Mathieu van der Poel finishes in top-10 of all Monuments in just 14 months

The Dutch star is the second fastest rider ever to achieve the feat, behind Eddy Merckx

Mathieu van der Poel on the 2021 Paris-Roubaix podium after finishing third
Mathieu van der Poel on the 2021 Paris-Roubaix podium after finishing third
(Image credit: Getty Images)

Mathieu van der Poel has now achieved a rare career achievement in that he has managed to finish in the top-10 of all of cycling's Monument Classics, in the space of just 14 months.  

While it is actually 29 months between his first top 10 and his most recent, but the consecutive top 10s have been over 14 months, making his the second fastest to this feat. Eddy Merckx did it faster from his first Monument participation.

The five Monuments of cycling are Milan-San Remo, Tour of Flanders, Paris-Roubaix, Liège-Bastogne-Liège and Il Lombardia, with the first four happening in Spring and the latter in the midst of Autumn.

>>> Paris-Roubaix runner-up Florian Vermeersch posts incredible ride to Strava

Van der Poel's first top-10 in a Monument was at the Tour of Flanders in April 2019 where he came fourth, but it was a 10th place finish in the rescheduled Il Lombardia, in August 2020 that started the record.

The time it took Van der Poel may have been shorter due to the fact that lots of races were pushed close together due to the Covid-19 pandemic in 2020, but sixth place at Liège-Bastogne-Liège came soon after in October. 

He added a win at the Tour of Flanders to the list later that month, but he still required two other race top-10s after failing to finish above 14th in his Milan-San Remo debut, while Paris-Roubaix was cancelled in 2020. 

This year saw the Milan-San Remo top-10 come for Van Der Poel, with a strong fifth place at La Classicissima in late March.

Paris-Roubaix, which was postponed from April to October 3, 2021came with torrid weather conditions, but that did not matter for Van der Poel who managed to pull off a resolute third place completing the set.

Merckx set the record time for top-10s in the Monuments back in 1967, taking just 13 months from his Milan-San Remo victory on debut  in March 1966, through to his eighth place in Paris-Roubaix the following April. 

This record was from Merckx's first Monument participation which saw him win at Milan-San Remo. Van der Poel's first Monument was a fourth place at the Tour of Flanders, but he did not manage a top 10 in his next Monument ride.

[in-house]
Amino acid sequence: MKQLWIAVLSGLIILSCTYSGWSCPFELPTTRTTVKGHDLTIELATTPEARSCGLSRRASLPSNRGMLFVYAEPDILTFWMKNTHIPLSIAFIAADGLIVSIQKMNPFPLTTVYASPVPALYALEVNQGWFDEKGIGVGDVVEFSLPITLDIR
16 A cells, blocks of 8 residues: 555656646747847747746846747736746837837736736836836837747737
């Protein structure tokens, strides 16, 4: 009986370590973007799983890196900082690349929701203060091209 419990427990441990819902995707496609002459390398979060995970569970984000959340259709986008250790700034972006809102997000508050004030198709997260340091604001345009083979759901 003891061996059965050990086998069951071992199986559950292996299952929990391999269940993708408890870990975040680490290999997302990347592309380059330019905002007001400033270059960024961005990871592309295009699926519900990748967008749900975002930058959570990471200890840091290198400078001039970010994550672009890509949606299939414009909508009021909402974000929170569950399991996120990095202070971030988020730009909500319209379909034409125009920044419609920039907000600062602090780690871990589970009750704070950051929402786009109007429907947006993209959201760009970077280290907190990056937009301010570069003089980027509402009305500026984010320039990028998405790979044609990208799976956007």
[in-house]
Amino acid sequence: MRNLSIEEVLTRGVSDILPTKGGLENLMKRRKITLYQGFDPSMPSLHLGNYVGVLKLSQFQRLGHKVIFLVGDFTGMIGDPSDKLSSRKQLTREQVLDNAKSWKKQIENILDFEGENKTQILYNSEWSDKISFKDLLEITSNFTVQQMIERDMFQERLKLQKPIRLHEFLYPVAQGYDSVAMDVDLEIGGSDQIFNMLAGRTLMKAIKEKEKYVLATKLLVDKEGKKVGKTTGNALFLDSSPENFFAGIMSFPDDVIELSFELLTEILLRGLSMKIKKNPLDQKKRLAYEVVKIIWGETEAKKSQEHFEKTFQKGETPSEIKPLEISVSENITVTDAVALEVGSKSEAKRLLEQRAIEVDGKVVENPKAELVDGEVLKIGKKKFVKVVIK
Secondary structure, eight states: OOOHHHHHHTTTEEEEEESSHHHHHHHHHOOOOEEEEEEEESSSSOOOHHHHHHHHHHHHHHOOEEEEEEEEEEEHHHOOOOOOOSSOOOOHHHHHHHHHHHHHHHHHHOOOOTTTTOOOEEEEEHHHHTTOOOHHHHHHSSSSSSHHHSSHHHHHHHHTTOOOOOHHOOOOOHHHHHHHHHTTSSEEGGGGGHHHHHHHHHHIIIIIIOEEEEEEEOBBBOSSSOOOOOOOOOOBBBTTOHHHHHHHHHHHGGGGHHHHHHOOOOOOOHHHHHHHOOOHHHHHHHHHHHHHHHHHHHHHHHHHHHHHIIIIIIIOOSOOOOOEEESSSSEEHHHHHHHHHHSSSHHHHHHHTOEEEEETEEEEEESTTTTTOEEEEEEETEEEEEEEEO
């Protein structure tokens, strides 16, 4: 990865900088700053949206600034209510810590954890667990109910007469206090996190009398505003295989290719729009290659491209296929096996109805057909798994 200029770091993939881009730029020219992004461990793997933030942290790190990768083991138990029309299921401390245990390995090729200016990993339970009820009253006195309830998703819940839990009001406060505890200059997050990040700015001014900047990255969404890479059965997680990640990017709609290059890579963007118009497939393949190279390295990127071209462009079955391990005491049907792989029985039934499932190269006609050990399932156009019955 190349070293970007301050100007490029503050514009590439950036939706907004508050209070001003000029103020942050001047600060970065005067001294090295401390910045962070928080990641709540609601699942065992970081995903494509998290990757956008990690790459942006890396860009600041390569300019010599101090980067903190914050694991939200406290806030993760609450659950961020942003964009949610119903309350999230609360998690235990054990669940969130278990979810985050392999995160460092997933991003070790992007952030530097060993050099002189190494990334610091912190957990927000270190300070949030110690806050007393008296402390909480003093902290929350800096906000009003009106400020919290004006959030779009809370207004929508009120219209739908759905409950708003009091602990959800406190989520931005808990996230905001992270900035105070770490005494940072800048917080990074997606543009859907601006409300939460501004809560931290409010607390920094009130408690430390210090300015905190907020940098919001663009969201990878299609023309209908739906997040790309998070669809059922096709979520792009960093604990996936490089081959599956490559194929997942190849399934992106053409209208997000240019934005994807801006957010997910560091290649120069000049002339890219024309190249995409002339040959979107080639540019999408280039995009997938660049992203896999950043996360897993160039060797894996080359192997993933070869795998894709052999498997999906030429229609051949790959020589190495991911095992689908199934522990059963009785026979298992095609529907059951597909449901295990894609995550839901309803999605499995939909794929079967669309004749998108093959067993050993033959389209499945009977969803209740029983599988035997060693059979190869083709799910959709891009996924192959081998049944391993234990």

Only two riders have managed this since 1990 with Rolf Sørensen, who won both Liège-Bastogne-Liège and Tour of Flanders, and Philippe Gilbert (Lotto-Soudal), who has won all but one of the Monuments. 

Sørensen's achievement started in 1986 at Milan-San Remo with the final top-10 coming 11 years later at Paris-Roubaix. Gilbert also started with Milan-San Remo and ended with Paris-Roubaix but took him between 2005 and 2019.

Gilbert is still hunting for the Milan-San Remo win with his 'Strive For Five' campaign, but he is 39-years-old now and his form over the last two years has, sadly, dropped away from his 2019 ability.

Thank you for reading 10 articles this month* Join now for unlimited access

Enjoy your first month for just £1 / $1 / €1

*Read 5 free articles per month without a subscription

Join now for unlimited access

Try first month for just £1 / $1 / €1

Tim Bonville-Ginn

Hi, I'm one of Cycling Weekly's content writers for the web team responsible for writing stories on racing, tech, updating evergreen pages as well as the weekly email newsletter. Proud Yorkshireman from the UK's answer to Flanders, Calderdale, go check out the cobbled climbs!

I started watching cycling back in 2010, before all the hype around London 2012 and Bradley Wiggins at the Tour de France. In fact, it was Alberto Contador and Andy Schleck's battle in the fog up the Tourmalet on stage 17 of the Tour de France.

It took me a few more years to get into the journalism side of things, but I had a good idea I wanted to get into cycling journalism by the end of year nine at school and started doing voluntary work soon after. This got me a chance to go to the London Six Days, Tour de Yorkshire and the Tour of Britain to name a few before eventually joining Eurosport's online team while I was at uni, where I studied journalism. Eurosport gave me the opportunity to work at the world championships in Harrogate back in the awful weather.

After various bar jobs, I managed to get my way into Cycling Weekly in late February of 2020 where I mostly write about racing and everything around that as it's what I specialise in but don't be surprised to see my name on other news stories.

When not writing stories for the site, I don't really switch off my cycling side as I watch every race that is televised as well as being a rider myself and a regular user of the game Pro Cycling Manager. Maybe too regular.

My bike is a well used Specialized Tarmac SL4 when out on my local roads back in West Yorkshire as well as in northern Hampshire with the hills and mountains being my preferred terrain.